Opening arguments seemed to cover the basics, with prosecutor Kevin Lally alleging that the private eye was the architect of a criminal enterprise in which clients "would pay a premium fee to discredit, and in some cases destroy, their adversaries." Pellicano, acting as his own attorney, claimed he recorded and encrypted his own calls only as a way to create a referencing system. "His presumption was that these conversations would be made available to no one but him," Pellicano told the panel (he was asked to refer to himself in the third person). Here's more from Allison Hope Weiner, who is reporting for the Huffington Post:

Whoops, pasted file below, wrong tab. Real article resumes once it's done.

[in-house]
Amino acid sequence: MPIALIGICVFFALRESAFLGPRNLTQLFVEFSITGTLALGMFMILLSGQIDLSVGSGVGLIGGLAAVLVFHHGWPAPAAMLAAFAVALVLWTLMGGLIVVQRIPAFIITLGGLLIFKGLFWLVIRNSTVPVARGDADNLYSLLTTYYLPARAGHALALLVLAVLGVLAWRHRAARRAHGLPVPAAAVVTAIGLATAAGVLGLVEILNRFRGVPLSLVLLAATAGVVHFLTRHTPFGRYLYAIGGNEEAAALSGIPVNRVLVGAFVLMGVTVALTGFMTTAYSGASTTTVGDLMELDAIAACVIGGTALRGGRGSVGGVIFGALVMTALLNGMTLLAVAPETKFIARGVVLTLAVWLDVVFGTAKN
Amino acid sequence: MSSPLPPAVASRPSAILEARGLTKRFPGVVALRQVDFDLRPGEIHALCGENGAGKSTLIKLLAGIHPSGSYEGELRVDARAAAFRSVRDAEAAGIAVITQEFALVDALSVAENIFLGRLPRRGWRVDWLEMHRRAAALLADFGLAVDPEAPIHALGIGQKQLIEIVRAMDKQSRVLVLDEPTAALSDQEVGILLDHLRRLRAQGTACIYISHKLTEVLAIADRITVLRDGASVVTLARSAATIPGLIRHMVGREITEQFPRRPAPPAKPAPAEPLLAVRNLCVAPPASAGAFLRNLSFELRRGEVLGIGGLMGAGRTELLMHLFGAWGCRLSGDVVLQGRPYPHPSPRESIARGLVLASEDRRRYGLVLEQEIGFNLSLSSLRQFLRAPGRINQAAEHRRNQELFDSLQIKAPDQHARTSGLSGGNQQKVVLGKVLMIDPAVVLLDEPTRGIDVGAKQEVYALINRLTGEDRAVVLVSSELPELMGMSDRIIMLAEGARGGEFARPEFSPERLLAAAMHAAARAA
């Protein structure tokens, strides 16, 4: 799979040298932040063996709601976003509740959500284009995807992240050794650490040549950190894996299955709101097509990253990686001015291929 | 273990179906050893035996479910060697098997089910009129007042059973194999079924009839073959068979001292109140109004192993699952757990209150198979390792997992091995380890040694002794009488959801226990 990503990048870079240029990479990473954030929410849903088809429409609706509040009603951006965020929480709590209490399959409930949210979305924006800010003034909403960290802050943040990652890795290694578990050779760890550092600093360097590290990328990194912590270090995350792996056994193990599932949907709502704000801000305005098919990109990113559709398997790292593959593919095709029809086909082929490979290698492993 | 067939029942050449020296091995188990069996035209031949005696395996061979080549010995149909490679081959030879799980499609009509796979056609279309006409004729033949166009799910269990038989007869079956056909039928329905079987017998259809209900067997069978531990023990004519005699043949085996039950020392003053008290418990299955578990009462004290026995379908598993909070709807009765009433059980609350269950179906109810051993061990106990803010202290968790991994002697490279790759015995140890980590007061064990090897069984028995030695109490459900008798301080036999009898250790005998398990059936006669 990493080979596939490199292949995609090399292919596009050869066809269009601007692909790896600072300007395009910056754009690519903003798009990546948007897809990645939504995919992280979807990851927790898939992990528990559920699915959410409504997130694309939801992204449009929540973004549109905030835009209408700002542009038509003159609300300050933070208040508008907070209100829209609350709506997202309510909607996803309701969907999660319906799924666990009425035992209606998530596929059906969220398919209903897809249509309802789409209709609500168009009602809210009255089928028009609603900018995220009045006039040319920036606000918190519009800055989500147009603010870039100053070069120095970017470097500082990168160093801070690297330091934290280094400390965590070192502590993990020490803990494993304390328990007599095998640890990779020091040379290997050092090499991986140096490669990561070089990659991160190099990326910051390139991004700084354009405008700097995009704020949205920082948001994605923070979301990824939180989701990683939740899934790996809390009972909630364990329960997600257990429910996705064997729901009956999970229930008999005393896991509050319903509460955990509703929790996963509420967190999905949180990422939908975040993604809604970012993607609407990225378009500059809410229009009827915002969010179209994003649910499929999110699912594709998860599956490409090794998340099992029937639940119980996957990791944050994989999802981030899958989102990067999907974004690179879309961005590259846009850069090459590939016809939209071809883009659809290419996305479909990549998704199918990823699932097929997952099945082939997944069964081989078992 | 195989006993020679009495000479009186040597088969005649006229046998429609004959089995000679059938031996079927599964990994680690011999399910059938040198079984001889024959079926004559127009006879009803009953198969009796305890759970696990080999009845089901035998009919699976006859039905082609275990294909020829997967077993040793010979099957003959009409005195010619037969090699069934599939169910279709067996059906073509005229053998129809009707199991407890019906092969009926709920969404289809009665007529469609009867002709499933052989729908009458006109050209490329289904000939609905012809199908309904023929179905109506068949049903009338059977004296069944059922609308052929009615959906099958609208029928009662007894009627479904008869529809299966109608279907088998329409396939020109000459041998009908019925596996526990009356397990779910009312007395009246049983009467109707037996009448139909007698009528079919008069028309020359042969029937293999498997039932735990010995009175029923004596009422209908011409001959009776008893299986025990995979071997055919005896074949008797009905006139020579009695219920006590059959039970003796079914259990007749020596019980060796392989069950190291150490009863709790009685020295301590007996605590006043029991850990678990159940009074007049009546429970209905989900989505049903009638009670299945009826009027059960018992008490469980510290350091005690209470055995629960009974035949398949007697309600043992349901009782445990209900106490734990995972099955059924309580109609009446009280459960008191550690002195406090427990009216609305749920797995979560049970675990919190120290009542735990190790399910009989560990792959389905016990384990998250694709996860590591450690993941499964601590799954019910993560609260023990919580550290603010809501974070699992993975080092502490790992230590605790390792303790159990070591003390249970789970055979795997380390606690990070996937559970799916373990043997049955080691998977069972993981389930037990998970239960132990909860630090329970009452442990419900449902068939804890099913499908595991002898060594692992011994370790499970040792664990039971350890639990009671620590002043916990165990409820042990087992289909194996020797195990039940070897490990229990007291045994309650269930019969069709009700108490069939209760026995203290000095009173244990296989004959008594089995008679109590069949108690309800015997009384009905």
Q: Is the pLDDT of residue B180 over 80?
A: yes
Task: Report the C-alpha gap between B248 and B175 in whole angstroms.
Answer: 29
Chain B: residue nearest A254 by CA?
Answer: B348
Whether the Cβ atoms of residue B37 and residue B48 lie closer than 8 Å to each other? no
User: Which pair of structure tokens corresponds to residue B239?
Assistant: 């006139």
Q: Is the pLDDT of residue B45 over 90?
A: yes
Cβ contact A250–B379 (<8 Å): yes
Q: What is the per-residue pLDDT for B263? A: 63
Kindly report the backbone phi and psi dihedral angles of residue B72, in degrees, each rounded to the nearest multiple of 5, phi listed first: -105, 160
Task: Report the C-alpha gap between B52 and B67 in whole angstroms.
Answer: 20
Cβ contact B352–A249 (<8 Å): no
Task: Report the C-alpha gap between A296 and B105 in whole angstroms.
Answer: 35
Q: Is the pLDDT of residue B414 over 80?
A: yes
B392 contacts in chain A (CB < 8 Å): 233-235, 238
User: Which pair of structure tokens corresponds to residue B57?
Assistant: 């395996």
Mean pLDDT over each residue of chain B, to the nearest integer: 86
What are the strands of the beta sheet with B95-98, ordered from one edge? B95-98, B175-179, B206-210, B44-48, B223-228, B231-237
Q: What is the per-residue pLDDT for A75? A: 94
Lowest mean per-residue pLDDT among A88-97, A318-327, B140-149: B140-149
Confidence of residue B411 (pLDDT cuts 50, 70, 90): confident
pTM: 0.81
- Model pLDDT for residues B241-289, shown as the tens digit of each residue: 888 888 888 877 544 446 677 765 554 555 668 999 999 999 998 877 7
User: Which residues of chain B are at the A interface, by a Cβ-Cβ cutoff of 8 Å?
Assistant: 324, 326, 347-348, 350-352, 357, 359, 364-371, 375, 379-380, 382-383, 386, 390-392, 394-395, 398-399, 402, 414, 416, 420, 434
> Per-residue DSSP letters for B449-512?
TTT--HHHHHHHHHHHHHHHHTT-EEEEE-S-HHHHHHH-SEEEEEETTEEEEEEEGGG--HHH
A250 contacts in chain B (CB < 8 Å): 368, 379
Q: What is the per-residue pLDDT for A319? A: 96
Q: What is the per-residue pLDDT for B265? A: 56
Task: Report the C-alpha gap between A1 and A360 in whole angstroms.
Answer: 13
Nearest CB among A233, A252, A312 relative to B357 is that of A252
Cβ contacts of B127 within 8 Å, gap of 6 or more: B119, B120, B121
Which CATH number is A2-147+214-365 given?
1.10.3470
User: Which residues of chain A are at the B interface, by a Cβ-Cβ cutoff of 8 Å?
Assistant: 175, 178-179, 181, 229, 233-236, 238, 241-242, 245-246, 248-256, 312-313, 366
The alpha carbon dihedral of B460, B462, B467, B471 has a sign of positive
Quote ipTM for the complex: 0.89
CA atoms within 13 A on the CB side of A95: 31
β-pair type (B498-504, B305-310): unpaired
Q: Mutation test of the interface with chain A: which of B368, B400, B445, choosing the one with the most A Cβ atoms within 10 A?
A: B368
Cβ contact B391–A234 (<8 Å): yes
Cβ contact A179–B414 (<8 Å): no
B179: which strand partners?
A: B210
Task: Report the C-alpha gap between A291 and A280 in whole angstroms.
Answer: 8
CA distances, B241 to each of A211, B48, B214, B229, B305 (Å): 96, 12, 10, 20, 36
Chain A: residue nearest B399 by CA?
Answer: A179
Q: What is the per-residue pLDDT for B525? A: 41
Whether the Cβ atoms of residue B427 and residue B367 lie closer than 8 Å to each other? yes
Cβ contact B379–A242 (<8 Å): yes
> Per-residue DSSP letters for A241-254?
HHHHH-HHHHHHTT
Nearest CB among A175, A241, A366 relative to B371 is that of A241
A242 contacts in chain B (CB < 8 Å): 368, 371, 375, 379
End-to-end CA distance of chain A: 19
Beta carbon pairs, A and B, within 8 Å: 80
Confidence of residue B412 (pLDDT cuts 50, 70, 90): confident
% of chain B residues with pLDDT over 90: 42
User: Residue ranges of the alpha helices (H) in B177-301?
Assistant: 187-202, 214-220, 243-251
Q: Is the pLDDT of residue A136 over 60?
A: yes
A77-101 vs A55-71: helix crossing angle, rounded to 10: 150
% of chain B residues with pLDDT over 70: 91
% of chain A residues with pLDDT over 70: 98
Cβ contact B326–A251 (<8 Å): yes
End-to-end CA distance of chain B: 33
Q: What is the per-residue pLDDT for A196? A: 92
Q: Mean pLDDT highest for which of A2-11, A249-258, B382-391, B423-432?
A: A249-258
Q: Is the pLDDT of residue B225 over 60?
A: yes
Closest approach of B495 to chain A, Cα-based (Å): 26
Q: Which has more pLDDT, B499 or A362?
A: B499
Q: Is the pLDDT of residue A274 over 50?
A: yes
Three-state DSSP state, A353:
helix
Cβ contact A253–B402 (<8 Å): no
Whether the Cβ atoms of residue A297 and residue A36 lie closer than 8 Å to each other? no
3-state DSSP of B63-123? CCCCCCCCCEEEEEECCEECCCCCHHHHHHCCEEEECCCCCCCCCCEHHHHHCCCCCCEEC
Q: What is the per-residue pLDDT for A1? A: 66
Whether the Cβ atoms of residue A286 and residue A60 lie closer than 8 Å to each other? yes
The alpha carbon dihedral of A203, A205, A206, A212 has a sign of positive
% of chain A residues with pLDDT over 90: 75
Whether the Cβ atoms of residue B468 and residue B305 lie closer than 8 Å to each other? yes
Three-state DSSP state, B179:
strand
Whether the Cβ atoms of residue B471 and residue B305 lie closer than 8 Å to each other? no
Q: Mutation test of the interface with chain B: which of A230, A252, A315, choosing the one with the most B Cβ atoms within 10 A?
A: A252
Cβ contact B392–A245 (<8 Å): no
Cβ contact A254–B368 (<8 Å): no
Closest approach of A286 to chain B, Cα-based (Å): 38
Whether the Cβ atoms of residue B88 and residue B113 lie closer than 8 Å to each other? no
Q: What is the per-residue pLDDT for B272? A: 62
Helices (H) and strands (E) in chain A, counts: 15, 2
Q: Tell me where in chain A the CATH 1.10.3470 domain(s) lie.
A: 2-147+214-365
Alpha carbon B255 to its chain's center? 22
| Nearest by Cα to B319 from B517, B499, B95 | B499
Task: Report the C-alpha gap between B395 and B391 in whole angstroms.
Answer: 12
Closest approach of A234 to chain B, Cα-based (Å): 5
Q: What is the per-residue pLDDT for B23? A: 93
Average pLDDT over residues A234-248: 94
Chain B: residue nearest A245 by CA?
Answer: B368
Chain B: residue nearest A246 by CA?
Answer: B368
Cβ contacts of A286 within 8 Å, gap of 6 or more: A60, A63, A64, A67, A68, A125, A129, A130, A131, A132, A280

Mr. Pellicano spoke last and had a difficult time remembering to refer to himself in the third person. After being admonished by the Judge, he laughingly admitted that he'd gone over referring to himself in the third person all last night and yet, he'd still forgotten. Once he was off and running, Mr. Pellicano told the jury about his secretive nature and his unwillingness to share information with anyone -- which was probably his attempt to protect the other defendants who are charged with conspiracy and wiretapping.